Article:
PCR smearing problems

JUDITH-C at staff.monash.edu.au JUDITH-C at staff.monash.edu.au
Tue May 30 04:51:58 EST 1995


In article <950516170850.20207338 at thorin.uthscsa.edu> HARDIES at THORIN.UTHSCSA.EDU writes:
>Path:
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>From: HARDIES at THORIN.UTHSCSA.EDU
>Newsgroups: bionet.molbio.methds-reagnts
>Subject: re:PCR smearing problems
>Date: 16 May 1995 15:05:10 -0700
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>Jo Caine writes:

>> I am screening a quick clone cDNA library using PCR. I'm looking for a product
>at 850 bp. What I am getting is a 400bp band that is surrounded by smearing.
>I have tried varying Mg, DNA and primer levels, different DNA polymerases and
>cycle conditions(Low annealing temperatures and high(48'C)/low(25'C) 
>temperature programs). The Tm of the oligos are 51 and 57'C.

>The true Tm's in 1.3 mM Mg are likely to be more like 60, and 66 C.  Try
>higher annealing temps.  At these low temps. you may be hairpinning one of 
>primers and taking it out of the reaction.

>> Would I expect to see both the 850 and 400bp bands at 48'C or do I need to 
>remove the nonspecific 400bp band, by going to a higher temperature, before I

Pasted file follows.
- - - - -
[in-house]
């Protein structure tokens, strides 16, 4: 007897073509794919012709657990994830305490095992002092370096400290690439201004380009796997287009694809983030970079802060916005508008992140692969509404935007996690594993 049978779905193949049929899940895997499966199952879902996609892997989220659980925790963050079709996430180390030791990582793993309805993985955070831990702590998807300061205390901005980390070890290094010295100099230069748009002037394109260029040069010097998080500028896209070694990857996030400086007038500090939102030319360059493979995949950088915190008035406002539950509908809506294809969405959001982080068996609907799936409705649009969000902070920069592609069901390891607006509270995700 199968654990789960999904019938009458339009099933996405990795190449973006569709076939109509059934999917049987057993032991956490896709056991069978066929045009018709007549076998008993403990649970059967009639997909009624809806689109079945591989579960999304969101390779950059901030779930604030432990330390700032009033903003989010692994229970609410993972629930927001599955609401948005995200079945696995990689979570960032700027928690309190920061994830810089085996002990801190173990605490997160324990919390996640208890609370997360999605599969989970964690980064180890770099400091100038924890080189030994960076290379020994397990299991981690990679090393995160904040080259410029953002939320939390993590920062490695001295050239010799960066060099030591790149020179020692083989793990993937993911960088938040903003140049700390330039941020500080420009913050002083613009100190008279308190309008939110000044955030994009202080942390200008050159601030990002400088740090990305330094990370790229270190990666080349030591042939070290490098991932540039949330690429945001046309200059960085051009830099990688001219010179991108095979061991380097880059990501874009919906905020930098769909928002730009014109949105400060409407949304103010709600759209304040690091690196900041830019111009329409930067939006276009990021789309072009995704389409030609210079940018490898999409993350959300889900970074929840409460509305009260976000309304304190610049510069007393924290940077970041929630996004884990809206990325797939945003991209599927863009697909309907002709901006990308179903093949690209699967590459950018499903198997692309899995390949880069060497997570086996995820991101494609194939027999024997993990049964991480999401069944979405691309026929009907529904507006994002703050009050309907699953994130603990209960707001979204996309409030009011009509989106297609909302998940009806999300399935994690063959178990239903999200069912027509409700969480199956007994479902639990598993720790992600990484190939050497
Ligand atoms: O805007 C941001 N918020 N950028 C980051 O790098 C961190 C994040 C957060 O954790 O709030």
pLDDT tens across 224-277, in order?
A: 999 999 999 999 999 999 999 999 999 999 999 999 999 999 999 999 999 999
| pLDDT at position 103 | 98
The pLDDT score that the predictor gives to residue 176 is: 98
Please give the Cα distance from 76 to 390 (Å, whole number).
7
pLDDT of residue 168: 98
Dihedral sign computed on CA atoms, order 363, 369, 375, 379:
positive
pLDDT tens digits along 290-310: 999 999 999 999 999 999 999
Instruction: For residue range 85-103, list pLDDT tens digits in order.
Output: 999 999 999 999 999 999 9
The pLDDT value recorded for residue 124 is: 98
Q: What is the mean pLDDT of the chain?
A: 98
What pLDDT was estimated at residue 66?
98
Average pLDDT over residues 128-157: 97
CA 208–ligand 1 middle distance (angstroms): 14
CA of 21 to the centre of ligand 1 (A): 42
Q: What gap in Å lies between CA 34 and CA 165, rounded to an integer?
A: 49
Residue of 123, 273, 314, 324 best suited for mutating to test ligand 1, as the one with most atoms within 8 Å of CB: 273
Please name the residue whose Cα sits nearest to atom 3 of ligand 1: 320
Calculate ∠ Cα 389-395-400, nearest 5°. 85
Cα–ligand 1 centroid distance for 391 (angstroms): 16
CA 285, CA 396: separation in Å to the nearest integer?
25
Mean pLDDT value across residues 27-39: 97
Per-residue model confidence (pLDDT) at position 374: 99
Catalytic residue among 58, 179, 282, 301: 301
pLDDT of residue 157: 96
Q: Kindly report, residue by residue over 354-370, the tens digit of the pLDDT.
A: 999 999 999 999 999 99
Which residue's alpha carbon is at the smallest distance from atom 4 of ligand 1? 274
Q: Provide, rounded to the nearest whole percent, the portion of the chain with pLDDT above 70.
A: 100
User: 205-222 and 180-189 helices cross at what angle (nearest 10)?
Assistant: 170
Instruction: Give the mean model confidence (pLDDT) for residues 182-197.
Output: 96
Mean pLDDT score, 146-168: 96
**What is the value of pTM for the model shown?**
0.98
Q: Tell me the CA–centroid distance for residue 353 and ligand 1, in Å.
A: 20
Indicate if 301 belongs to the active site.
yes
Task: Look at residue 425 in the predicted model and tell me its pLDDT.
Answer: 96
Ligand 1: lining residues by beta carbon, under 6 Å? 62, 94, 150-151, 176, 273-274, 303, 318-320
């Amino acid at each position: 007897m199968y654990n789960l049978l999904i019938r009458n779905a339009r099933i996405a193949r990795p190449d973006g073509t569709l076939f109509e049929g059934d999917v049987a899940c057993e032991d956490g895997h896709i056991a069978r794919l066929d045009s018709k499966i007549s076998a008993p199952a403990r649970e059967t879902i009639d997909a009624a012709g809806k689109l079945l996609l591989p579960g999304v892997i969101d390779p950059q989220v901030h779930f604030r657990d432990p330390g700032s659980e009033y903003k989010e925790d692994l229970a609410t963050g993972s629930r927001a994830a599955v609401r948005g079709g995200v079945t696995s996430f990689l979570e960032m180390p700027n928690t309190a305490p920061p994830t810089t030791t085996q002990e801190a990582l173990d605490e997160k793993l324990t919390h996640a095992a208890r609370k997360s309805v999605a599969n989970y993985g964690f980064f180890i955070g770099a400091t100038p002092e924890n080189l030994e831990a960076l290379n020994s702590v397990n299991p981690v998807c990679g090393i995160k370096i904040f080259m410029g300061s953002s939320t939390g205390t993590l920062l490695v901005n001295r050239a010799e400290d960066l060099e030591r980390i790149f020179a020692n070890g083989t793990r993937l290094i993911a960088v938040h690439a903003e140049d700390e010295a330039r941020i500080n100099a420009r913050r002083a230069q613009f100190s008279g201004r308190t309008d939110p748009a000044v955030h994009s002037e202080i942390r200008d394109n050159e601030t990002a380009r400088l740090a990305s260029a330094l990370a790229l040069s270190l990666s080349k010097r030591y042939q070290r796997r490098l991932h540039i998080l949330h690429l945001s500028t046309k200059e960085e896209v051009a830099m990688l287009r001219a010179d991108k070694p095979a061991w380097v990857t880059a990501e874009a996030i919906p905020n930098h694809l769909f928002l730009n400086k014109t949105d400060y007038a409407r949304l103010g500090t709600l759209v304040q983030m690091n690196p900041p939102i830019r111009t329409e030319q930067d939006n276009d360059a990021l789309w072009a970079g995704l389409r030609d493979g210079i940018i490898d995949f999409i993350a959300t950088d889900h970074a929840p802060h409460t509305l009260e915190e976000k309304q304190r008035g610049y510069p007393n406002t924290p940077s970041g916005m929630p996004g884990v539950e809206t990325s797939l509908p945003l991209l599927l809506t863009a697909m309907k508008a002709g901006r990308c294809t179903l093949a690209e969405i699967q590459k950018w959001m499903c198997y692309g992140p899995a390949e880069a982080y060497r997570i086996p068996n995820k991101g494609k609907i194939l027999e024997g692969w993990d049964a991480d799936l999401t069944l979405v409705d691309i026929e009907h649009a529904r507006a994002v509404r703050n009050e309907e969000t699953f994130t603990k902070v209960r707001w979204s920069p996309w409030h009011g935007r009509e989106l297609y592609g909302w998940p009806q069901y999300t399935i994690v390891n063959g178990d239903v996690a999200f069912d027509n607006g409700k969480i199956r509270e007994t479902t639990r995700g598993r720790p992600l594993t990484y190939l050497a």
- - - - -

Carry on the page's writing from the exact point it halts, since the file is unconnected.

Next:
>will get specific amplification?.

>> My supervisor believes that if the 850bp is not present at 48'C then raising 
>the temperature will not give the desired product.

>It's possible that raising the temp. will solve the problem, for the reason
>given above.  If it's really true that one of the primers has a Tm below
>48, then lowering the temp. is the thing to try.  Try 45 or 42; 25 is too
>low and will introduce other extraneous problems.  If your primers are really
>this far apart, there may be no temp. where they work well together; you may
>have to redesign them.  If you'd like to email me the primer sequences, I
>will advise you further.  Most of this stuff is better determined by
>examining the primer sequences than by trail and error experiments.

>> I am also screening a lambda cDNA library by PCR. I am getting high molecular 
>weight smearing, where I expect again a 850bp band. Conditions for PCR are as 
>above, with oligo Tm's at 56 and 53'C. 
>Anymore ideas?

>Most commonly, this comes from using way too much template DNA.  Alternatively,
>overcycling or anything that promotes incomplete extension can cause
>accumulation of a network migrating high on the gel or even stuck in the
>slot.

>Hope this helps.
>Steve Hardies, Assoc. Prof. of Biochem., Univ. of Texas HSC at San Antonio
>Hardies at uthscsa.edu





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